IMPACT: 50 Years of the CFDA
The Museum at FIT
February 10 through April 17, 2012
All photos courtesy of FIT
Impact: 50 Years of the CFDA is the first museum exhibition to celebrate the Council of Fashion Designers of America, the leading fashion trade organization in the United States.
|Bill Blass, red cashmere cardigan|
and red silk satin long skirt, 1984,
USA, gift of Bill Blass, Ltd.
Approximately 100 garments and accessories designed by the CFDA’s most impactful creators of the last fifty years are on view. Also included in the exhibition are visual images and acknowledgment of the nearly 600 designers who have been members over the last five decades. Each living designer participating in the exhibition has selected a single object or ensemble that best represents his or her impact on the fashion world. Work by historical CFDA members have been selected by exhibition curators, Patricia Mears, deputy director of The Museum at FIT, and Fred Dennis, the museum’s senior curator. Impact: 50 Years of the CFDA is a collaborative partnership between the Museum at FIT and the CFDA.
Conceived by CFDA President Diane von Furstenberg, Impact is an ode to the illustrious designs of the CFDA’s many members and marks the organization’s 50th anniversary in 2012.
|Galanos, evening dress in leopard print|
silk chiffon and feather-trimmed stole,
c. 1967, USA, gift of Frederick Brisson
in memory of his wife Rosalind Russell.
Among the designers included in the exhibition are Halston, Norman Norell, Pauline Trigère, Geoffrey Beene, Bill Blass, Rudi Gernreich, Bob Mackie, James Galanos, Diane von Furstenberg, Oscar de la Renta, Marc Jacobs, Donna Karan, Ralph Lauren, Calvin Klein, Tom Ford, Michael Kors, Tommy Hilfiger, Isabel Toledo, Rodarte, and Proenza Schouler. The exhibition is organized thematically to illuminate the broad spectrum of American creativity, from functional sportswear to couture-quality evening wear.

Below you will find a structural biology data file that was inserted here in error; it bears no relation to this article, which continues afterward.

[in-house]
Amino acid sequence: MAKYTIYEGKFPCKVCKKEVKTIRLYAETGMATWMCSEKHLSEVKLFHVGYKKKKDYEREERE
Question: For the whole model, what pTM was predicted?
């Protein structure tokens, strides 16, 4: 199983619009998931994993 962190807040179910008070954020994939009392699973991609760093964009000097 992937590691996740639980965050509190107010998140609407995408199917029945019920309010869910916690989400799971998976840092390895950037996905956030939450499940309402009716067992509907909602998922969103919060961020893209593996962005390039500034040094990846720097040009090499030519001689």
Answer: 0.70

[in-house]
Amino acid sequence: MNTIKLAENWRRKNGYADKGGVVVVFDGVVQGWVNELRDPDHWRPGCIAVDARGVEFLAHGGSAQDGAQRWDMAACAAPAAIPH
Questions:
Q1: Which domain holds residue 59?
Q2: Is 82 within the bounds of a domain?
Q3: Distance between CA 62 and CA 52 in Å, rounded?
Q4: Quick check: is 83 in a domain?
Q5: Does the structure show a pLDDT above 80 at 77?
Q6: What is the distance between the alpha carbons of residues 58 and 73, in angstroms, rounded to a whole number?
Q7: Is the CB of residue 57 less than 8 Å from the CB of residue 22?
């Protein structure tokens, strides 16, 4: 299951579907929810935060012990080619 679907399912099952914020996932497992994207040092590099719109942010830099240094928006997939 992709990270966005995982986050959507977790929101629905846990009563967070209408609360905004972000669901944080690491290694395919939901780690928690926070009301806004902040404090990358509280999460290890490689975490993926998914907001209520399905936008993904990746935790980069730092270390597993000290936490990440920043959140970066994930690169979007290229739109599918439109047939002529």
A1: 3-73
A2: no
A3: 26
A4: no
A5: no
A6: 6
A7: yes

Founded in 1962 by publicist Eleanor Lambert and 50 of America’s leading fashion designers, the CFDA’s primary mandate was the recognition and promotion of fashion design talent based in the United States. Over the next five decades, as CFDA membership swelled to more than 400, its professional and philanthropic activities, outreach, and influence expanded exponentially. Today, in an era dominated by the designer label, it is perhaps difficult to comprehend how seminal a role the CFDA played in creating the platform for the recognition of individual creative talents in New York City, the nexus of global fashion.
Norma Kamali, black parachute cloth
and feather jacket, skirt and turban,
circa 2011, USA, lent by Norma Kamali.
“American designers have always had impact on how people dress,” said von Furstenberg. “In honor of that creativity and in celebration of the CFDA’s 50th anniversary, we are proud to present, in partnership with The Museum at FIT, an exhibit that represents the tremendous work of our members for the last five decades. ‘Impact’ was the one word that came to mind immediately – it is so strong and defining of our individual and collective influence that we knew right away that our exhibit would be called Impact: 50 Years of the CFDA.”
“The Museum at FIT is extremely pleased to be collaborating with Diane von Furstenberg and the CFDA on the exhibition Impact,” said Valerie Steele, director of The Museum at FIT. “Exhibition curator, Patricia Mears, is an authority on American fashion both past and present, and I’m sure our visitors will love to see which of their creations today’s designers have selected.”
A publication also entitled Impact, produced by the CFDA and published by Harry N. Abrams, is the visually rich companion book to the exhibition. With more than 500 photographs, the book documents the evolution of the CFDA, from its birth in 1962, its early promotional efforts, and its strong ties to the arts, to the growth of its educational programs, its support of worthy causes, its own awards ceremony, its stewardship of fashion week, and its support of designers. Contributors include Diane von Furstenberg; Cathy Horyn, fashion journalist for The New York Times; and Patricia Mears.